NOAA Teacher at Sea
Aboard NOAA Ship Oscar Dyson
July 1-10, 2018
Mission: Walleye Pollock Acoustic Trawl Survey
Geographic Area of Cruise: Eastern Bering Sea
Date: July 12, 2018
Weather Data from Springfield, IL.
Wind: s 7mph
Visibility: 10 miles
Air Temperature: 88ºF
Science and Technology Log:
Dutch Harbor, AK is one of the main shipping ports in the United States. It is part of the town of Unalaska, AK and located in the middle of the string of Aleutian Islands. It is a 2 hour flight from Anchorage, AK. It is a rugged and desolate location in some respects. Everything must be flown in. Prior to boarding the plane for Dutch Harbor, each of the passengers had to be weighed with their carry on baggage. Twenty four of our bags could not be taken on our flight. Once we arrived at Dutch Harbor, we assumed our bags would be on the next cargo flight. On that flight, they carried mail so our bags were not able to be brought to us for another day. Even then there were no promises that our bags would arrive before we set sail. Luckily, they did.
When it was determined that our ship had to return to Dutch Harbor for needed repairs, I held out hope that a quick fix would allow us to return to sea in a matter of days. But, things do not work that way in Dutch Harbor. It will be another week before the necessary specialists can be flown to Dutch Harbor. It will take several days to assess the needed repairs. Then, equipment and supplies will need to be ordered and flown in. Needless to say this is not going to be a quick fix. The Acting NOAA Corps CO called a meeting of all hands (all the personnel on the ship) to let us know that it would not be possible to finish this leg of the cruise. The Scientists and Teachers at Sea would be making plans to return home.
Although I am disappointed that my time aboard NOAA Ship Oscar Dyson was cut short, I am grateful for the opportunity to participate in this Teacher at Sea experience. I learned so much about the Bering Sea ecosystem, fisheries management, life at sea, the mission of NOAA, the mission of the NOAA Corps, and the mission of the Teacher at Sea program. I loved being at sea! It was a great adventure for me. But what was an adventure and learning experience for me is a career for the people who work aboard this vessel. I was struck by their dedication and professionalism. I got to know the Scientists, the NOAA Corps officers, the Chief Boatswain, the Deck Crew, the Chief Steward, the Observers, the Survey Techs, the Acoustics Engineer, the Electronics Technician, and the Engineers. Everyone was passionate about what they do and it comes at a great sacrifice for them. Being at sea for weeks or months at a time means that they leave family, friends and duties at home, in order to do this work. They miss get togethers with family and friends, their children’s activities, birthdays, holidays etc. I have the utmost respect for them and the work they do. In leaving so quickly, I was not able to let them know in person how much I admire and appreciate them. They serve as stewards of our oceans and atmosphere and I am grateful for all they do.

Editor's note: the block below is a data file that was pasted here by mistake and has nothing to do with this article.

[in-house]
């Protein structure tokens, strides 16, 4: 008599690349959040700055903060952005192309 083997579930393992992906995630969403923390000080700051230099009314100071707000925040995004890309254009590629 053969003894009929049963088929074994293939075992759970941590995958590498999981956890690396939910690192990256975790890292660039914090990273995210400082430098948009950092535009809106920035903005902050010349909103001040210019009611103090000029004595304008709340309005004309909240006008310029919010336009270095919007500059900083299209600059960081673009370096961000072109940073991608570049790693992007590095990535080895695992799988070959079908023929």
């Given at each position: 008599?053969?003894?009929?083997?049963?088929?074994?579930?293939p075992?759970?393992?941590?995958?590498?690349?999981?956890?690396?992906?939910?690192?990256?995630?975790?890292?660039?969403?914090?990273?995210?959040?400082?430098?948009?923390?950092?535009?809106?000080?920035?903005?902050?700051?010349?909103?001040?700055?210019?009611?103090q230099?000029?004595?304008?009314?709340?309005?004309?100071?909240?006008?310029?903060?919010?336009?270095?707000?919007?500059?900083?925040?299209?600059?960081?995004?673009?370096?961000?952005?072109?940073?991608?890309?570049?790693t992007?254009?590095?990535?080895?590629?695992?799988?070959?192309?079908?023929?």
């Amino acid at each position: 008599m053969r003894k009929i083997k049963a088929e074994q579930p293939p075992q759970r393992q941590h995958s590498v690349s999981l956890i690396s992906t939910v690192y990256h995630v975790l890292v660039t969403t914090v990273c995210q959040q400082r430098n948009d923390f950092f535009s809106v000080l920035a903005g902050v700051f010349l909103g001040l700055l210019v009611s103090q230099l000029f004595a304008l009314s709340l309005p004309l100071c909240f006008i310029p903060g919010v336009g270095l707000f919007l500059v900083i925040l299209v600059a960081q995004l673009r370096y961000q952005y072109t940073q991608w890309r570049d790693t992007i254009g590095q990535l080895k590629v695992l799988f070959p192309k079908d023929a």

Did You Know?
NOAA Corps officers serve on the sea, on land, and in the air to support NOAA’s environmental science and stewardship mission. They are one of two unarmed branches of the United States Services. Public Health Service is the other.